Earlier this year, Robert Schurko and Stephen Loeb of the University of Windsor, Canada, showed that they could pack about 1021 molecular shuttles into each cubic centimetre of a MOF4. And last month, Stoddart unveiled5 a different MOF that contained switchable rotaxanes. The MOF was mounted on an electrode, and the rotaxanes could be switched en masse by changing the voltage.

Researchers working on these MOFs hope that the 3D, solid scaffolds will offer a greater density of switches than conventional silicon transistors, and make the molecules easier to switch in a controllable way, potentially offering vast amounts of data storage. “The sci-fi way to think about it would be to address each molecule as a bit,” says Loeb. But more realistically, he says, a speck of the MOF containing hundreds of switches could act as one bit. As long as most of the switches in the speck function properly, he says, they will collectively and reliably encode data.

Others have used rotaxanes to make switchable catalysts. In 2012, Leigh described6 a system with a nitrogen atom in the middle of the rotaxane's axle, where it is normally covered by a ring. Add an acid, and the ring moves to one side, exposing the nitrogen atom so that it can catalyse a common chemical reaction. It goes further: last November, Leigh reported7 a rotaxane system with two different catalytic sites. Moving the ring from one to the other allowed the chemists to switch the rotaxane's activity, so that it could stitch together a mixture of molecules in two different ways. Leigh is now working on putting several different switchable catalysts into the same solution, where they could be toggled on and off in a sequence to build target molecules into complex products, in much the same way as enzymes do in a cell.

Nano motors

In 1999, after early experiments with shuttles and switches, the field took a big step forward with the creation of the first synthetic molecular motor8. Built by Feringa's team, it was a single molecule containing two identical 'paddle' units connected by a carbon–carbon double bond. This fixed the paddles in place until a burst of light broke part of the bond, allowing the paddles to rotate. Crucially, the shape of the paddles meant that they could turn in only one direction — and as long as there was a supply of light and some heat, the motor would just keep spinning.

Feringa went on to use similar molecular motors to create a four-wheel-drive 'nanocar'9. He also showed10 that the motors could give liquid crystals enough of a twist to slowly rotate a glass rod sitting on top of them. The rod was 28 micrometres long — thousands of times the size of the motors.

Some chemists argue that although these motors are cute, they are ultimately useless by themselves. “I've always been a bit sceptical of artificial motors — they're too difficult to make, too difficult to scale up,” says Dirk Trauner, a chemist at the Ludwig Maximilian University in Munich, Germany.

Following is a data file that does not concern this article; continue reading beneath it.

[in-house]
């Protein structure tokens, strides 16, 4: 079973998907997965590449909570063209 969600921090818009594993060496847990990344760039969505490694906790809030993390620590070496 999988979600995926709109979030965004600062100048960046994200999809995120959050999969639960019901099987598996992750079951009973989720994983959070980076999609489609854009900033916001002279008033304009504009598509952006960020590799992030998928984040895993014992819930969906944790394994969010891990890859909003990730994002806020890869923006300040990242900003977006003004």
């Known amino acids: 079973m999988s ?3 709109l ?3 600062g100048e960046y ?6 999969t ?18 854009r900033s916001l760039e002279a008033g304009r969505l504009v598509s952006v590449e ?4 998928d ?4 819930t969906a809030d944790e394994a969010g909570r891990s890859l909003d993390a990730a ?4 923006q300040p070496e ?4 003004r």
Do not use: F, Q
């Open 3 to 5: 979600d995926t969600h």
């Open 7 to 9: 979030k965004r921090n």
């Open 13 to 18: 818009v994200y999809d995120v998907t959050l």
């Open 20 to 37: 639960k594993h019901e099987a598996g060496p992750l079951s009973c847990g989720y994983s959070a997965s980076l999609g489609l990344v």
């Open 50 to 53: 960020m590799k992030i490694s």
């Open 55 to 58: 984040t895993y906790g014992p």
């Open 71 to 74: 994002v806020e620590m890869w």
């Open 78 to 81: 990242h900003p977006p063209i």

But the chemical principles behind them might be very useful indeed. Using the same light-activated mechanism, researchers have developed around 100 drug-like compounds that can be switched on or off in response to light.

In July, for example, a team led by Trauner reported11 a light-switchable version of combretastatin A-4, a potent anticancer compound that comes with some serious side effects, because it indiscriminately attacks tumour cells and healthy tissue alike. The team's switchable drug could drastically reduce system-wide side effects: it contains a nitrogen–nitrogen double bond that holds two sections of the molecule apart and renders it inactive. Only under blue light will the bond break and allow the sections to rotate into the molecule's active form. Trauner says that an area of tissue just 10 micrometres wide can be specifically targeted in this way, using light delivered through a flexible tube or by an implanted device. Trauner is planning mouse studies to test the compound's effectiveness against cancer.

He also hopes to use photoswitchable compounds to restore vision in people with macular degeneration or retinitis pigmentosa, conditions that damage the eye's light-sensing rod and cone cells. “It's low-hanging fruit — because it's in the eye, you don't have to worry about how to get the light in,” he says. Last year, he showed12 that one injection of a photoswitchable molecule called DENAQ into the eyes of blind mice partially restored their vision for several days, allowing the animals to distinguish between light and dark. The team is now trying the same technique in primates, and hopes to begin human trials in two years' time.

Trauner and Klajn both agree that the main challenge will be to convince the cautious pharmaceutical industry that photoswitchable drugs have potential, even though they have no track record in humans. “We need to get the pharmaceutical industry excited about photopharmacy,” says Trauner. “Once they see the value, we'll be in good shape.”

Walk the line

Long before any creature had evolved to move on dry land, cells were using legs as part of their cellular machinery. Prime examples are the two-pronged proteins called kinesins, which put one 'foot' in front of the other as they carry molecular cargo along the cell's stiff scaffolding of microtubules.

Inspired by kinesin, researchers have built artificial walkers from DNA. The molecules typically have feet that are anchored in place by binding to complementary strands of DNA laid out on a track; adding a competing DNA strand can free the foot, allowing it to take a step forward. One of the most striking examples was described13 in 2010 by Nadrian Seeman at New York University. His DNA walker had four 'feet' and three 'hands', with which it could pick up gold nanoparticles as it moved around a tile made of folded DNA.

DNA walkers — and variants that soon trundled out of other labs — would wander aimlessly if they did not have a built-in ratchet system to stop them taking a step backward. For many walkers, that ratchet lies in the relative rates of the chemical reactions that are involved in binding and releasing their feet, with the pummelling of Brownian motion driving the released foot forward14.